New York–On the heels of Microsoft’s June announcement that its Hotmail customers would be notified when Sender ID protocol is unable to verify the authenticity of an e-mail message, marketers gathered here July 12 for an E-mail Authentication Implementation Summit.
Although e-mail marketers are taking positive steps toward safer e-mail, the consensus among those in attendance was there is still a lot of work to do. “Spam is under control, but what is coming through is that much more damaging,” said Craig Spiezle, director of technology care and strategy at Redmond, WA-based Microsoft.
In a Gartner Group survey of 5,000 online users released last month, more than 80% of online users stated that online attacks have affected their trust in e-mail from companies or individuals they don’t know personally. What’s more, 42% said it has changed their online shopping behavior.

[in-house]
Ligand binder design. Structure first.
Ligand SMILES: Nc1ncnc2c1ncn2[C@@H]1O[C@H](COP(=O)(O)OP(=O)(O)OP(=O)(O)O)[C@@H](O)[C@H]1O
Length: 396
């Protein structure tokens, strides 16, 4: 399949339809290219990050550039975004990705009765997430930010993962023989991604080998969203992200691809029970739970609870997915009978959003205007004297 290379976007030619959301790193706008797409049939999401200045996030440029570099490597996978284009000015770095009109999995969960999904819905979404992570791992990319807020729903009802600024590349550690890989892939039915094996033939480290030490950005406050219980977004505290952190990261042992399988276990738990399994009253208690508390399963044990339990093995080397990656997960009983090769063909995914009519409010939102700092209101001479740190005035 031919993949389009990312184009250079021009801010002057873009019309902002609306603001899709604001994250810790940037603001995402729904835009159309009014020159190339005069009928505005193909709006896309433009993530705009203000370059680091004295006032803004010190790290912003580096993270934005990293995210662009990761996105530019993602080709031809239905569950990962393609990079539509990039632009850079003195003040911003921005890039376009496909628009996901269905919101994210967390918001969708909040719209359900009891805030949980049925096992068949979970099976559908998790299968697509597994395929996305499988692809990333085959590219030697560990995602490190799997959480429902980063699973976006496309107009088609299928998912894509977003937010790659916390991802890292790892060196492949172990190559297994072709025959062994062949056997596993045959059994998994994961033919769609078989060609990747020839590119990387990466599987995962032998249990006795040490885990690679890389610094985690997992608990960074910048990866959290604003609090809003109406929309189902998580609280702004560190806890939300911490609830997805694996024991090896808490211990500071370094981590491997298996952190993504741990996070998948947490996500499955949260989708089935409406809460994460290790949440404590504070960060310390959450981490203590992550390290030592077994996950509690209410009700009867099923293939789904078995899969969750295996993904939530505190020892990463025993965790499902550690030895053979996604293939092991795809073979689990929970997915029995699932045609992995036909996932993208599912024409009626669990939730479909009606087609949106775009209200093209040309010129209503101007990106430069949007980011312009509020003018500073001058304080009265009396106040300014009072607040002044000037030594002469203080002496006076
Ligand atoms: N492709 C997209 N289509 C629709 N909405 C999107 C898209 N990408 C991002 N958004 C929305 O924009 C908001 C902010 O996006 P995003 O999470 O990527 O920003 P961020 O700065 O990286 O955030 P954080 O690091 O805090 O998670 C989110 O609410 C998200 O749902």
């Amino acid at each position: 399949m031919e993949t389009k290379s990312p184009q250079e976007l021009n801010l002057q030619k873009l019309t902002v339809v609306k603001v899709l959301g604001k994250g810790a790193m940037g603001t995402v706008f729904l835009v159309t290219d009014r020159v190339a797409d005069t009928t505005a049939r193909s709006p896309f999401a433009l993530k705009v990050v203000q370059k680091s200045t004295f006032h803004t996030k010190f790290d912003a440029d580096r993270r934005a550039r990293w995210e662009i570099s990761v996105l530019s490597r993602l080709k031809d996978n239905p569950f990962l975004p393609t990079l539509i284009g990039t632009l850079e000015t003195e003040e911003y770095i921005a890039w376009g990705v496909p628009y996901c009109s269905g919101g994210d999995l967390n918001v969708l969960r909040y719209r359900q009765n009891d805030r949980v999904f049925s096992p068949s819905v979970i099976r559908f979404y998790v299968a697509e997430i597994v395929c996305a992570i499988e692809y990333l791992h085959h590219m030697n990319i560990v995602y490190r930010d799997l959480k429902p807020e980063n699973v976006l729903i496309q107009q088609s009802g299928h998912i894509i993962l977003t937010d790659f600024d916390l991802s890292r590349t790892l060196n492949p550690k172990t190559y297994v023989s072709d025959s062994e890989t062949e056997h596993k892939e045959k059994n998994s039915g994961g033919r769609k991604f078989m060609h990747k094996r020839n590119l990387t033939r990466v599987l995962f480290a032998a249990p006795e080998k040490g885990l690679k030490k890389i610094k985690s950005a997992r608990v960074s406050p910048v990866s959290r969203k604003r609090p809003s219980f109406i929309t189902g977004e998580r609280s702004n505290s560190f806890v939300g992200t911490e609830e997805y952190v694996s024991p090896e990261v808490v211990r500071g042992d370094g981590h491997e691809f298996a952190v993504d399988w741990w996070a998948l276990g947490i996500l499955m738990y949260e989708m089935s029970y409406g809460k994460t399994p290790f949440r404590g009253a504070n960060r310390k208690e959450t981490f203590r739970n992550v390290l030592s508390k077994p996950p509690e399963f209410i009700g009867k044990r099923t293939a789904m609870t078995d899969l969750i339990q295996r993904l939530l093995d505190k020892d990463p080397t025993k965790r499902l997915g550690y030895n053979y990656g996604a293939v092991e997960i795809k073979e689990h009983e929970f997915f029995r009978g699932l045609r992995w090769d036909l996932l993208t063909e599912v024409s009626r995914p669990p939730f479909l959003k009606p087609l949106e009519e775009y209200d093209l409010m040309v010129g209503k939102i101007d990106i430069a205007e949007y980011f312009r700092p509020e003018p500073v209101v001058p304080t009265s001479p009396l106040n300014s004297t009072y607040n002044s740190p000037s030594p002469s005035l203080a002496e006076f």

Already Internet and e-mail service providers have begun using e-mail authentication to confirm the identify of the sender’s domain and improve the deliverability and differentiation of personal and corporate e-mail, transactional e-mail, legitimate “opt in” Can-Spam-compliant e-mail, and spam. Experts at the summit were quick to note, however, that e-mail authentication is not a silver bullet but rather a first step, admitting that spammers were early adaptors to authentication.
“Authentication is not enough to protect the ecosystem of e-mail marketing,” said Trevor Hughes, executive director of York, ME-based Email Service Provider Coalition, a cooperative group of industry leaders. The next steps, he said, are for e-mail marketers is to implement accreditation to determine what type of message is being sent and the history of the sender.